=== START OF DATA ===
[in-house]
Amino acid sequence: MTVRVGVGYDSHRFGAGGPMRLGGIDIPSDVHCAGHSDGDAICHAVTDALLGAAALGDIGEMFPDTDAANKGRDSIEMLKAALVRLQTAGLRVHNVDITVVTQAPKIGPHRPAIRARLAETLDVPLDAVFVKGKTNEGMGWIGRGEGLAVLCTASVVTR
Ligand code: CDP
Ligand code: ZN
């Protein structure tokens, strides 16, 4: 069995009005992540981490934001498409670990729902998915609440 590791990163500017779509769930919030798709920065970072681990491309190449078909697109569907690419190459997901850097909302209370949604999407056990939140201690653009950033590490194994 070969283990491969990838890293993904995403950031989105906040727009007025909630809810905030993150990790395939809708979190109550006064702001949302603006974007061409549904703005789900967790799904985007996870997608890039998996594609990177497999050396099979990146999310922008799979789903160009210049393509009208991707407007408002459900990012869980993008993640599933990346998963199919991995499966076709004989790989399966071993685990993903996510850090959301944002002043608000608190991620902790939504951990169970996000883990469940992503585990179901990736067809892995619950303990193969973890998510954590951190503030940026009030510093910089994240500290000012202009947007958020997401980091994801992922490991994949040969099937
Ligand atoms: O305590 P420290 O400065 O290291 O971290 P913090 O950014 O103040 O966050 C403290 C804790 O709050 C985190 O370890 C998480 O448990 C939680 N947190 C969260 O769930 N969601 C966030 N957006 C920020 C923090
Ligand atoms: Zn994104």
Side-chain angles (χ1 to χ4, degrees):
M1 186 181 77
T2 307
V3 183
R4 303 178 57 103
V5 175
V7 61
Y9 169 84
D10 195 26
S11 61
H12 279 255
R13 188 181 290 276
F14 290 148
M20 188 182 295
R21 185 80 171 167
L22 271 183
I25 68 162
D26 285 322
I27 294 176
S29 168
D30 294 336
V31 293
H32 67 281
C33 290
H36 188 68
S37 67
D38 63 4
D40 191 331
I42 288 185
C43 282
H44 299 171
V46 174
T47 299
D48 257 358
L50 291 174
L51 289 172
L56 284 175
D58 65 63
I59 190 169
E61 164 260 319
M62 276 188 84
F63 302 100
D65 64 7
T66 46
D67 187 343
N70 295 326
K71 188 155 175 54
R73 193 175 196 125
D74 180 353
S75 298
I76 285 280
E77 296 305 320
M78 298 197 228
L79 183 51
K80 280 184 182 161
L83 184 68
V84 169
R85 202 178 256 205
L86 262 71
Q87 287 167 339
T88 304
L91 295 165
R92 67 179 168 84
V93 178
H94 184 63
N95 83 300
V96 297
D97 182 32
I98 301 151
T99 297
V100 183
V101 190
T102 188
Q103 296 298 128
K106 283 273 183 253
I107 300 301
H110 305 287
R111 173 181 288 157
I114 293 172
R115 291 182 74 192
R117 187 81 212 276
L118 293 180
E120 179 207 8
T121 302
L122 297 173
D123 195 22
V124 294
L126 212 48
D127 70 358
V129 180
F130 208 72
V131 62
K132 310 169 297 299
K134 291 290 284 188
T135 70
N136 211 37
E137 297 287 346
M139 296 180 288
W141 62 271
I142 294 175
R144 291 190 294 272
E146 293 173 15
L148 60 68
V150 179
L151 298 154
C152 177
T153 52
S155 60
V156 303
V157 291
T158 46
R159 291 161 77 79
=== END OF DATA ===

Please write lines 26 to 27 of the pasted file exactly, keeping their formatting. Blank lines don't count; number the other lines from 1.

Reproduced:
I27 294 176
S29 168